Visits to New York City Art Museums Inspire NWU Students

If you want to be an artist, you have to spend time in New York City, says Nebraska Wesleyan University art professor David Gracie.

It’s where he is spending a year-long sabbatical painting and designing a new course on alternative artistic practices.

It’s an experience so inspiring that he wanted to share it with his students too.

“You can not make art in a bubble,” he said. “The students will feed off of this trip for the rest of their time at Nebraska Wesleyan.”

Members of the Art Club and other NWU art professors joined Gracie in New York City over spring break in March for an eye-opening opportunity to visit some of the best museums: Metropolitan Art Museum, The Whitney Museum of American Art, The Museum of Modern Art, and Brooklyn College.

Each year, Art Club members travel to Minneapolis in the fall and Chicago in the spring to immerse themselves in artistic cultures not found in Nebraska. Foregoing that tradition and meeting up with Gracie in New York City provided new opportunities.

“There is more art to see in New York City than both Chicago and Minneapolis many times over,” said Gracie. “The experience of being thrown in the middle of what the students have studied from afar is the most important thing. The opportunity to see the most advanced work being made today by so many diverse voices from around the world can only be done in New York.”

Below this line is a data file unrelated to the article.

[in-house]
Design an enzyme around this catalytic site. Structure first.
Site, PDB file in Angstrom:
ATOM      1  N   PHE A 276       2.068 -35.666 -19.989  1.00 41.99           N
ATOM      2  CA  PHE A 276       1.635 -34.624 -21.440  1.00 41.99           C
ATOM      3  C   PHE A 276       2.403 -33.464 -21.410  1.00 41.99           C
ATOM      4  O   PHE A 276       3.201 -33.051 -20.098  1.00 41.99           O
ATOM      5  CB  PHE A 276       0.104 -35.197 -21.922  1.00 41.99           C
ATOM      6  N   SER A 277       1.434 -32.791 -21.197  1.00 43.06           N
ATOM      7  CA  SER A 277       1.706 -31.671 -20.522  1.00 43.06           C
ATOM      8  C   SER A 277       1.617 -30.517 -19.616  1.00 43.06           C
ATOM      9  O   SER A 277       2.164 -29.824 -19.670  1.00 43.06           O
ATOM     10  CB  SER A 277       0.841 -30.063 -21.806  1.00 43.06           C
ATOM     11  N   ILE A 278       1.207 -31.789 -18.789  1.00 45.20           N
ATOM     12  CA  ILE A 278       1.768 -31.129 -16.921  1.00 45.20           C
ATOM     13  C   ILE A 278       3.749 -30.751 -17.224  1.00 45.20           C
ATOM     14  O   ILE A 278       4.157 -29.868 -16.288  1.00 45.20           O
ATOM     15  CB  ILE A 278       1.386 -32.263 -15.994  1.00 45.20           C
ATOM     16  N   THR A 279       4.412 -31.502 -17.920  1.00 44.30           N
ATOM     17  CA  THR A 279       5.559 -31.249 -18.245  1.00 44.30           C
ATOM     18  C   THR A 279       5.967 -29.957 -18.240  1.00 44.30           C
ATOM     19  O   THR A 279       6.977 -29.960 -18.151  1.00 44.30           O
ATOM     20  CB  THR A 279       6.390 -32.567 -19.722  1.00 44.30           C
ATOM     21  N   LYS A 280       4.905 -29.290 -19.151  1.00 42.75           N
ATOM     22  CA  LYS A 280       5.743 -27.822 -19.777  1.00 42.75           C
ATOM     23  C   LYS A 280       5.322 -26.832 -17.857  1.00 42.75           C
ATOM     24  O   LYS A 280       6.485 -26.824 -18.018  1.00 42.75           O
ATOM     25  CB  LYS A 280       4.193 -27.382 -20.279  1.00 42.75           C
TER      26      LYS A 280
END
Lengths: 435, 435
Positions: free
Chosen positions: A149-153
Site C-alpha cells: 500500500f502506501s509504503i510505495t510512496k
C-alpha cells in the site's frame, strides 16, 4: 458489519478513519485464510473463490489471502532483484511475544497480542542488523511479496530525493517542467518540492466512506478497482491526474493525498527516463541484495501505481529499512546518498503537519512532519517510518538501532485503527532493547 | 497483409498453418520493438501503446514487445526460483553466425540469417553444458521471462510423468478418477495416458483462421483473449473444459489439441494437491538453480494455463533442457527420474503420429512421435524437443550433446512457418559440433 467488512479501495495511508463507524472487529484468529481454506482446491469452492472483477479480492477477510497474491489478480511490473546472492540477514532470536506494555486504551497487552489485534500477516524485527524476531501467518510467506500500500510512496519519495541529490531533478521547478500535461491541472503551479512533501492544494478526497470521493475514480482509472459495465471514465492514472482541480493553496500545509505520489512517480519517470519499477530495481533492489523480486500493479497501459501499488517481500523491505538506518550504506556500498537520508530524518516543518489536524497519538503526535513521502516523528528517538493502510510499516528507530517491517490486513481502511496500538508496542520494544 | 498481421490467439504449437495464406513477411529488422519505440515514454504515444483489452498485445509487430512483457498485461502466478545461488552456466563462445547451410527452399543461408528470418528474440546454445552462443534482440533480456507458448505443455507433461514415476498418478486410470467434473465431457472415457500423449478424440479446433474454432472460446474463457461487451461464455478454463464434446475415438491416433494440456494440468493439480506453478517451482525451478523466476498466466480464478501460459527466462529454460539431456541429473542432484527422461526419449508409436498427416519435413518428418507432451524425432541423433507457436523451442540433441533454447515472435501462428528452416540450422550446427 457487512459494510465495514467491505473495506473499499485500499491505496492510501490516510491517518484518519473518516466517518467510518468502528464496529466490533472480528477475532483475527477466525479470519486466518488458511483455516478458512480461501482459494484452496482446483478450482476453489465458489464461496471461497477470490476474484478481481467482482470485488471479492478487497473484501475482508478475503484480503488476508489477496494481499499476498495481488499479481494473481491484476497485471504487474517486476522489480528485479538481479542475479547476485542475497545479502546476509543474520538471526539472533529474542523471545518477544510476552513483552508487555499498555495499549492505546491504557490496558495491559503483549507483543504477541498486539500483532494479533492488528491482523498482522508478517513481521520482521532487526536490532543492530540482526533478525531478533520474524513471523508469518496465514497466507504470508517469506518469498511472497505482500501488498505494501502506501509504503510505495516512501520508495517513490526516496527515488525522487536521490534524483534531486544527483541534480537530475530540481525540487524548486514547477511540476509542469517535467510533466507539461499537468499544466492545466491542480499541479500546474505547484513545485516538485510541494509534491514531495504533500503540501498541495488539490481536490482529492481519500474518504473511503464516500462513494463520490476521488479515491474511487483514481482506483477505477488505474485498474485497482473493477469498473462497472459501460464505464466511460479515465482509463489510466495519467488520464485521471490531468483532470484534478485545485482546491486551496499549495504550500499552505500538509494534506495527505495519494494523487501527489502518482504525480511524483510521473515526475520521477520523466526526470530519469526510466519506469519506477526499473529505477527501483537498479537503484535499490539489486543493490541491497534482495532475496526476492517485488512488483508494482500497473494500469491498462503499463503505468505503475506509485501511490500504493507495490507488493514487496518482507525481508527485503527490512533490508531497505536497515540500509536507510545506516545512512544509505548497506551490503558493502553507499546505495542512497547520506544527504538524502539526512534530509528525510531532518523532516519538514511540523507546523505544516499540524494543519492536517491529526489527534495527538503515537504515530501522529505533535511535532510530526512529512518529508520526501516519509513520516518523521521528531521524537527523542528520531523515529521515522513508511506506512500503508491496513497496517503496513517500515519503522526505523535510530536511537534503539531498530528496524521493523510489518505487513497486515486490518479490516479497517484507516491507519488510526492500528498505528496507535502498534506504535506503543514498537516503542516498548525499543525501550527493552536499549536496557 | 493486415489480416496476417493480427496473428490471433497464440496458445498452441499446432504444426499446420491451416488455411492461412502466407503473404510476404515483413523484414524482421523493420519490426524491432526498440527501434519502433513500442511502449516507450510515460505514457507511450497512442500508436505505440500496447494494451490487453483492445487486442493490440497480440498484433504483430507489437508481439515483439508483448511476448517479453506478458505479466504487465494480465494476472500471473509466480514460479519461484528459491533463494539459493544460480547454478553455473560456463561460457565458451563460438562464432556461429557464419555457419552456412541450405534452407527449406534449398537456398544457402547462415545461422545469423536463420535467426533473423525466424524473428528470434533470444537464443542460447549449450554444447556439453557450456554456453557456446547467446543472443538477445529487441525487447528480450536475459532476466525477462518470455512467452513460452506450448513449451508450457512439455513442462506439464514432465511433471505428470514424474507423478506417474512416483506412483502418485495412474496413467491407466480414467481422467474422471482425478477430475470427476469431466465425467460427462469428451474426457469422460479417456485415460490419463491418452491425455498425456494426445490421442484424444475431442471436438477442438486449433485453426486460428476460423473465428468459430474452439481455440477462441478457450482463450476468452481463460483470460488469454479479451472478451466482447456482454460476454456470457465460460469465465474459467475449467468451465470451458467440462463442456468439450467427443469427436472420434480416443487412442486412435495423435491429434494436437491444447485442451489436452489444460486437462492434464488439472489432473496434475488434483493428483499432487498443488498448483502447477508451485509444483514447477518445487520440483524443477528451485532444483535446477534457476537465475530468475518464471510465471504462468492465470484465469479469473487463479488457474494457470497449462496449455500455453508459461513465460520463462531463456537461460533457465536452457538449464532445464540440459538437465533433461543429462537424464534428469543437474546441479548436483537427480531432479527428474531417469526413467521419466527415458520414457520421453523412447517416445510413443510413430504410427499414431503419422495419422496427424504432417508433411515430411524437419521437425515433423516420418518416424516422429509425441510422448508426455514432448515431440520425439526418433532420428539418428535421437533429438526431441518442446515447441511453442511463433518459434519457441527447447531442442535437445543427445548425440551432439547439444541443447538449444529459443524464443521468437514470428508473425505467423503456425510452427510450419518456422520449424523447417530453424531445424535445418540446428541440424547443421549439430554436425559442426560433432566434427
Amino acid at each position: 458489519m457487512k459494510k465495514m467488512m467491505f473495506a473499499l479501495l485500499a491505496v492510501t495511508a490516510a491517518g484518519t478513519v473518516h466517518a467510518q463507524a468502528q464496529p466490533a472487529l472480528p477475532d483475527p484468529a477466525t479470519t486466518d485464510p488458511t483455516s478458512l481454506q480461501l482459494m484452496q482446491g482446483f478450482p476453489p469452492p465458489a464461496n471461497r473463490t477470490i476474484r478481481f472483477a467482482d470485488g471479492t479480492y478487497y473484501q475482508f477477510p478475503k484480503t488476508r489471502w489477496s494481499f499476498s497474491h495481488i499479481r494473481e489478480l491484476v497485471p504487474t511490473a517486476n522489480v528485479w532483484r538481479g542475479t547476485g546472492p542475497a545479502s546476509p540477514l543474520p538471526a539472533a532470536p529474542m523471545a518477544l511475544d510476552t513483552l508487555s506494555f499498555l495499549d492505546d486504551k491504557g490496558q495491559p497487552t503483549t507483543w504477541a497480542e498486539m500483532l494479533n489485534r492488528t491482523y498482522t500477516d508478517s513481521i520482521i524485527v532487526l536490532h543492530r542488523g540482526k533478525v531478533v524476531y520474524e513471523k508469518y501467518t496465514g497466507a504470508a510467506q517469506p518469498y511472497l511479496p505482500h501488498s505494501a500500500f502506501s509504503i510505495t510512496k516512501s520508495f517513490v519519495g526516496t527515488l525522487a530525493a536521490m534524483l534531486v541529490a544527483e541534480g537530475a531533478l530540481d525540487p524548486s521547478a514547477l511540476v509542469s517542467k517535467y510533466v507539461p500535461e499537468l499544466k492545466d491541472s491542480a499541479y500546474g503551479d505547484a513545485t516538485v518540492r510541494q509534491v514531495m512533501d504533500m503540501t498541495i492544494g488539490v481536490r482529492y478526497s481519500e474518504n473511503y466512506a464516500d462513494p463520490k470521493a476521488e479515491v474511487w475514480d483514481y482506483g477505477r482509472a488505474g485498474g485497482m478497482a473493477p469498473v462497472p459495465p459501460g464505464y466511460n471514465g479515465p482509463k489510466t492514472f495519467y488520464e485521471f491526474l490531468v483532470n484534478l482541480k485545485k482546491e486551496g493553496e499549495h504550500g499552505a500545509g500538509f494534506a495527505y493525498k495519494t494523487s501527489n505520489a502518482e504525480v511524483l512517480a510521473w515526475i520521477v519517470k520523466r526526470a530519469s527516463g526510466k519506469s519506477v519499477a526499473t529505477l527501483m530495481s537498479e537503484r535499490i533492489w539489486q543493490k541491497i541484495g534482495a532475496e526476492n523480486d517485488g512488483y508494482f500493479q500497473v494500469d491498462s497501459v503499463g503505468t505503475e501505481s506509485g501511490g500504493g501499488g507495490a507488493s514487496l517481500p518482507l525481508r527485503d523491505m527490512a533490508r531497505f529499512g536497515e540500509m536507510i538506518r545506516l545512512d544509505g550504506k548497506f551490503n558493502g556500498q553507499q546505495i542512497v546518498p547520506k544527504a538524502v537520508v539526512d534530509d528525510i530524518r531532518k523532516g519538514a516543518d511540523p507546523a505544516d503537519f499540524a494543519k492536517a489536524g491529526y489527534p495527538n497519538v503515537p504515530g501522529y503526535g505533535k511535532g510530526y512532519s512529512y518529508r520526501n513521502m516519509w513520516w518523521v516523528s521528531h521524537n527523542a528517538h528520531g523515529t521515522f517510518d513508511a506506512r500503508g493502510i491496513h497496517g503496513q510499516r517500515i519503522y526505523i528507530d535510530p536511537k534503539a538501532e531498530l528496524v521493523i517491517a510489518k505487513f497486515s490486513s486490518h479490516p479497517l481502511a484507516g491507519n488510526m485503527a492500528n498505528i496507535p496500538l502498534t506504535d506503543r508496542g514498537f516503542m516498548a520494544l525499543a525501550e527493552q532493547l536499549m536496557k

For aspiring artist Tim Brawner of Omaha, the experience gave him an early look at his future.

“I benefitted not only by seeing what is still the art capital of the world, but from navigating and experiencing the city I’ll most likely be inhabiting if I intend to make a serious go of being a painter,” he said.

Senior biology and chemistry major Rebeca Chavez joined the trip to expand her appreciation for art.

“I have always wanted to further my knowledge in art,” she said. “This was a great opportunity that I could not let pass.”

In addition to the museums and galleries, Gracie made sure the students experienced the usual tourist attractions as well including Times Square, Central Park, Chinatown, Little Italy, and the Empire State Building.

Art Club president and NWU senior Natasia Otto-Bergland of Pierce returned to campus inspired.

“I came back with a ton of notes on artists to research, ideas and techniques to look into and quite a few ideas for how to improve upcoming projects,” she said. “New York is still one of the biggest and most influential cities for the art world. One could spend weeks going to all of the different museums and galleries, and probably still not see everything. When it comes down to it, I am really grateful for this experience.”

Post new comment

(If you're a human, don't change the following field)
Your first name.
(If you're a human, don't change the following field)
Your first name.
(If you're a human, don't change the following field)
Your first name.
The content of this field is kept private and will not be shown publicly.
NWU students spent spring break in New York City where they toured art museums and galleries.
Sophomore Morgan McKinley tours the Brucennial.
NWU art professor David Gracie talks with NWU students at Whitney Museum.
NWU art professor Justin Shaw and student Gwendolyn Lopez tour the Brucennial.
First year student Megan Maslonka relaxes at a New York City sculpture museum.